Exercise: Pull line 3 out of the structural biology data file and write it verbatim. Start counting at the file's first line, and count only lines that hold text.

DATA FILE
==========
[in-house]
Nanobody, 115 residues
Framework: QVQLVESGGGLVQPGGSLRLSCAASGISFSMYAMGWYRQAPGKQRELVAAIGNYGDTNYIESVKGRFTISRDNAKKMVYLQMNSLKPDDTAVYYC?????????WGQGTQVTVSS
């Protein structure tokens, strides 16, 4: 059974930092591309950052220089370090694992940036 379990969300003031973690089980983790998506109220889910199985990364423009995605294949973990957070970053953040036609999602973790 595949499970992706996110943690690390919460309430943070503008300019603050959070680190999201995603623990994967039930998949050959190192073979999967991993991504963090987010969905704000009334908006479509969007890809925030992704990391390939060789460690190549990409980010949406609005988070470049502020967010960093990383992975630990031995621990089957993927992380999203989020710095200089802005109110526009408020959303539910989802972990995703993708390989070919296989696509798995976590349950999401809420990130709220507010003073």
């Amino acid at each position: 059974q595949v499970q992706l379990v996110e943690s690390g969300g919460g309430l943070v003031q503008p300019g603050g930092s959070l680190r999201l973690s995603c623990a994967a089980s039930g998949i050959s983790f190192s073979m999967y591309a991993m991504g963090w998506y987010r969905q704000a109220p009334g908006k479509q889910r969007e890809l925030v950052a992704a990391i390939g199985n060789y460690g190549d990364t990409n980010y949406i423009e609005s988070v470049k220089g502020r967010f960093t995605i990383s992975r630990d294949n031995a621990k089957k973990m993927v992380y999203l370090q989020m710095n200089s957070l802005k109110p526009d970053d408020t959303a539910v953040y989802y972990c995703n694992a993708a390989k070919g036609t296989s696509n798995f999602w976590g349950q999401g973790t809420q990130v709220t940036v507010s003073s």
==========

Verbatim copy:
Framework: QVQLVESGGGLVQPGGSLRLSCAASGISFSMYAMGWYRQAPGKQRELVAAIGNYGDTNYIESVKGRFTISRDNAKKMVYLQMNSLKPDDTAVYYC?????????WGQGTQVTVSS